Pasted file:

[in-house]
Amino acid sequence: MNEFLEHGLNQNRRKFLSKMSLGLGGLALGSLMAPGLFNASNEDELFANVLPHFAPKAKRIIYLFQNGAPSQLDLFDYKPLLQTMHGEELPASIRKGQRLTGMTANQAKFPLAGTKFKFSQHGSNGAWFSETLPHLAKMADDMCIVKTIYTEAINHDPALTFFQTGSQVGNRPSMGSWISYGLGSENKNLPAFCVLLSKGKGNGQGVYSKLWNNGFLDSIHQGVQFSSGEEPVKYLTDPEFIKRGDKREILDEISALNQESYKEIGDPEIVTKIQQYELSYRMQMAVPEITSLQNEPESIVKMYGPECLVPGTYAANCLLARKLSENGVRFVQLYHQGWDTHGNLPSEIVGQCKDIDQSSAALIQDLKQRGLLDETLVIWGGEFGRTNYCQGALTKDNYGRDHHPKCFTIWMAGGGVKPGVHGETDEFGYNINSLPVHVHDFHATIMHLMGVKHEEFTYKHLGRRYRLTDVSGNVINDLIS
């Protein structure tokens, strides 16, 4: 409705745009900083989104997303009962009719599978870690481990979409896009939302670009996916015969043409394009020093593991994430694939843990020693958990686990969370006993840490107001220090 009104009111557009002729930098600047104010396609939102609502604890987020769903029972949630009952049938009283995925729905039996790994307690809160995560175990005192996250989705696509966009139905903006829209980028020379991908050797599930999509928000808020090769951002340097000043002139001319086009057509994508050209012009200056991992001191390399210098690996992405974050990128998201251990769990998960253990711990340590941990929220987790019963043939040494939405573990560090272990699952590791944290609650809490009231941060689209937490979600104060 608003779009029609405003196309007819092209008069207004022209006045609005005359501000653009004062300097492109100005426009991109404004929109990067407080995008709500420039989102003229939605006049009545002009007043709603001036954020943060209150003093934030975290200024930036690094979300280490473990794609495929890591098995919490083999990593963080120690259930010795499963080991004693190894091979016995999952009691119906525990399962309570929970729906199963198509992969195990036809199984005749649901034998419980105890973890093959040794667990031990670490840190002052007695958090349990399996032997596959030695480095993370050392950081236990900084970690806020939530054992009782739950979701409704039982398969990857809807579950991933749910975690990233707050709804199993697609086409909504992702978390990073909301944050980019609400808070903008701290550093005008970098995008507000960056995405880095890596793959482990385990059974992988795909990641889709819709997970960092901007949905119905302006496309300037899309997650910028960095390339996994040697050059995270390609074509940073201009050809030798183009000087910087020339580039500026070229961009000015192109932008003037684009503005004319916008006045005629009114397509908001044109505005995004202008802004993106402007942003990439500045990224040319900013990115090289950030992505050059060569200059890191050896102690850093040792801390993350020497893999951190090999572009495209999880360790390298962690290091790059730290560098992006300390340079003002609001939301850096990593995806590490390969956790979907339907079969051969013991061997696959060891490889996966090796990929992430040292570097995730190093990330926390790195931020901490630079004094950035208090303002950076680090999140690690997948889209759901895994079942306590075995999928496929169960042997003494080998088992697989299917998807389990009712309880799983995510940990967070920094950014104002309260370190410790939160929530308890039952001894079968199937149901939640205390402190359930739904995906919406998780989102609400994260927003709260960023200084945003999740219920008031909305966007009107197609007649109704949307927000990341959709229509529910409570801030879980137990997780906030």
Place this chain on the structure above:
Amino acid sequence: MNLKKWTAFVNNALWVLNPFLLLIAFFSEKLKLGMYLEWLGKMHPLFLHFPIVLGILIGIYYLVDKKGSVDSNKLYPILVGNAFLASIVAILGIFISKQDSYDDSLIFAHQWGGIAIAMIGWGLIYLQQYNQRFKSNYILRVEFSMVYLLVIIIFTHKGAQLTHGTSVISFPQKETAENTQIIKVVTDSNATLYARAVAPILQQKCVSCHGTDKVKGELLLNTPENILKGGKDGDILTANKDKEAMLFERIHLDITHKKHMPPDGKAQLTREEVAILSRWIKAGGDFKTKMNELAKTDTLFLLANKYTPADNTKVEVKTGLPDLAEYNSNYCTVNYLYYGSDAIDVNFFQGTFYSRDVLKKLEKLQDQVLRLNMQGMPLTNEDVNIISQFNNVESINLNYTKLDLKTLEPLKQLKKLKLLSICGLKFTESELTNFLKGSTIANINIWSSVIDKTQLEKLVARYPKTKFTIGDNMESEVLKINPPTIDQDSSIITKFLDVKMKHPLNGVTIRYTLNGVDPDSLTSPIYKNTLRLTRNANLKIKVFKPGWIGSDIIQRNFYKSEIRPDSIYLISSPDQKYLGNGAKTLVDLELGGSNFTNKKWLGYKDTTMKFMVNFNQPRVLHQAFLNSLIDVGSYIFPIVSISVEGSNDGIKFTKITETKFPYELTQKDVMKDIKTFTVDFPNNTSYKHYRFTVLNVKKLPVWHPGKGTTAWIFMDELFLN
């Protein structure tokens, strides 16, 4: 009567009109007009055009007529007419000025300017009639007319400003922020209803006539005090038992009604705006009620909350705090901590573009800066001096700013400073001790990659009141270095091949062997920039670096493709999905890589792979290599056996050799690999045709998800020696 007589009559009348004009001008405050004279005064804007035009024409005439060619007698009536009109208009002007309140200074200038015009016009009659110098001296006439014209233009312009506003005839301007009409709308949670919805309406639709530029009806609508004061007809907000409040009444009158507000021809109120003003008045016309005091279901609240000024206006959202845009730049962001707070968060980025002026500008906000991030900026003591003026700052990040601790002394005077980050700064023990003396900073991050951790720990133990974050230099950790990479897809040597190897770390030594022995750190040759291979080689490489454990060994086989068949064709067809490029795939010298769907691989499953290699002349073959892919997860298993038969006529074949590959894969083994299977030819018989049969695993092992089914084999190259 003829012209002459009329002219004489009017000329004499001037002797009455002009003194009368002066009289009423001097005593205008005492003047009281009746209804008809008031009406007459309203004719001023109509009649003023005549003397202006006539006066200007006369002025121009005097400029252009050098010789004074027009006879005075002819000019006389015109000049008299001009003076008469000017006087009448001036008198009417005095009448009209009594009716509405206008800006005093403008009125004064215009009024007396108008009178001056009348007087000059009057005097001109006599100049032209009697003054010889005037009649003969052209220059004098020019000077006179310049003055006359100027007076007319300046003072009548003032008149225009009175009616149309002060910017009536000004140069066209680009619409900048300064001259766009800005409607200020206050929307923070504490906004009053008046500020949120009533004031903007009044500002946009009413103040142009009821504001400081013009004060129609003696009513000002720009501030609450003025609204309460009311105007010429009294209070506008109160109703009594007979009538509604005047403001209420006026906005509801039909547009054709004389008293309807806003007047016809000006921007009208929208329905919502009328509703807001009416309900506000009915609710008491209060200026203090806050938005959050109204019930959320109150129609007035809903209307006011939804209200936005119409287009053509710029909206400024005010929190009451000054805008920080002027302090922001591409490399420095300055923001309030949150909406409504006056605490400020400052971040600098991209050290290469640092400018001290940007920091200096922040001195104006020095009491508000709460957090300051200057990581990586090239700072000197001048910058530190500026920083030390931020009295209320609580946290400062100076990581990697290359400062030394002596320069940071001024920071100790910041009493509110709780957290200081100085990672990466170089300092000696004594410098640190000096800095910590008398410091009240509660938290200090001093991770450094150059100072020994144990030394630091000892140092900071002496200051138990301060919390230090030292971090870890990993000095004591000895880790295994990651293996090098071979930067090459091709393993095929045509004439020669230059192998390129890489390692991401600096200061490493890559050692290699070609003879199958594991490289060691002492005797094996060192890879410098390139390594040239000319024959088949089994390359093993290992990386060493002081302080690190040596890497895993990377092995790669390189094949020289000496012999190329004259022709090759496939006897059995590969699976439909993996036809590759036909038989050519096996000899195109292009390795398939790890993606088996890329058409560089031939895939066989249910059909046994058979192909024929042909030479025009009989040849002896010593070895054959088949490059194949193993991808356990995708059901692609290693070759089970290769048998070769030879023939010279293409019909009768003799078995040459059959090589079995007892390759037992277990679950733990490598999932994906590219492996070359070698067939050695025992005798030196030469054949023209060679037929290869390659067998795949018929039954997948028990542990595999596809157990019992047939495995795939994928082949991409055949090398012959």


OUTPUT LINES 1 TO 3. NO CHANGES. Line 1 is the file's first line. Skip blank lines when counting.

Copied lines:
[in-house]
Amino acid sequence: MNEFLEHGLNQNRRKFLSKMSLGLGGLALGSLMAPGLFNASNEDELFANVLPHFAPKAKRIIYLFQNGAPSQLDLFDYKPLLQTMHGEELPASIRKGQRLTGMTANQAKFPLAGTKFKFSQHGSNGAWFSETLPHLAKMADDMCIVKTIYTEAINHDPALTFFQTGSQVGNRPSMGSWISYGLGSENKNLPAFCVLLSKGKGNGQGVYSKLWNNGFLDSIHQGVQFSSGEEPVKYLTDPEFIKRGDKREILDEISALNQESYKEIGDPEIVTKIQQYELSYRMQMAVPEITSLQNEPESIVKMYGPECLVPGTYAANCLLARKLSENGVRFVQLYHQGWDTHGNLPSEIVGQCKDIDQSSAALIQDLKQRGLLDETLVIWGGEFGRTNYCQGALTKDNYGRDHHPKCFTIWMAGGGVKPGVHGETDEFGYNINSLPVHVHDFHATIMHLMGVKHEEFTYKHLGRRYRLTDVSGNVINDLIS
């Protein structure tokens, strides 16, 4: 409705745009900083989104997303009962009719599978870690481990979409896009939302670009996916015969043409394009020093593991994430694939843990020693958990686990969370006993840490107001220090 009104009111557009002729930098600047104010396609939102609502604890987020769903029972949630009952049938009283995925729905039996790994307690809160995560175990005192996250989705696509966009139905903006829209980028020379991908050797599930999509928000808020090769951002340097000043002139001319086009057509994508050209012009200056991992001191390399210098690996992405974050990128998201251990769990998960253990711990340590941990929220987790019963043939040494939405573990560090272990699952590791944290609650809490009231941060689209937490979600104060 608003779009029609405003196309007819092209008069207004022209006045609005005359501000653009004062300097492109100005426009991109404004929109990067407080995008709500420039989102003229939605006049009545002009007043709603001036954020943060209150003093934030975290200024930036690094979300280490473990794609495929890591098995919490083999990593963080120690259930010795499963080991004693190894091979016995999952009691119906525990399962309570929970729906199963198509992969195990036809199984005749649901034998419980105890973890093959040794667990031990670490840190002052007695958090349990399996032997596959030695480095993370050392950081236990900084970690806020939530054992009782739950979701409704039982398969990857809807579950991933749910975690990233707050709804199993697609086409909504992702978390990073909301944050980019609400808070903008701290550093005008970098995008507000960056995405880095890596793959482990385990059974992988795909990641889709819709997970960092901007949905119905302006496309300037899309997650910028960095390339996994040697050059995270390609074509940073201009050809030798183009000087910087020339580039500026070229961009000015192109932008003037684009503005004319916008006045005629009114397509908001044109505005995004202008802004993106402007942003990439500045990224040319900013990115090289950030992505050059060569200059890191050896102690850093040792801390993350020497893999951190090999572009495209999880360790390298962690290091790059730290560098992006300390340079003002609001939301850096990593995806590490390969956790979907339907079969051969013991061997696959060891490889996966090796990929992430040292570097995730190093990330926390790195931020901490630079004094950035208090303002950076680090999140690690997948889209759901895994079942306590075995999928496929169960042997003494080998088992697989299917998807389990009712309880799983995510940990967070920094950014104002309260370190410790939160929530308890039952001894079968199937149901939640205390402190359930739904995906919406998780989102609400994260927003709260960023200084945003999740219920008031909305966007009107197609007649109704949307927000990341959709229509529910409570801030879980137990997780906030």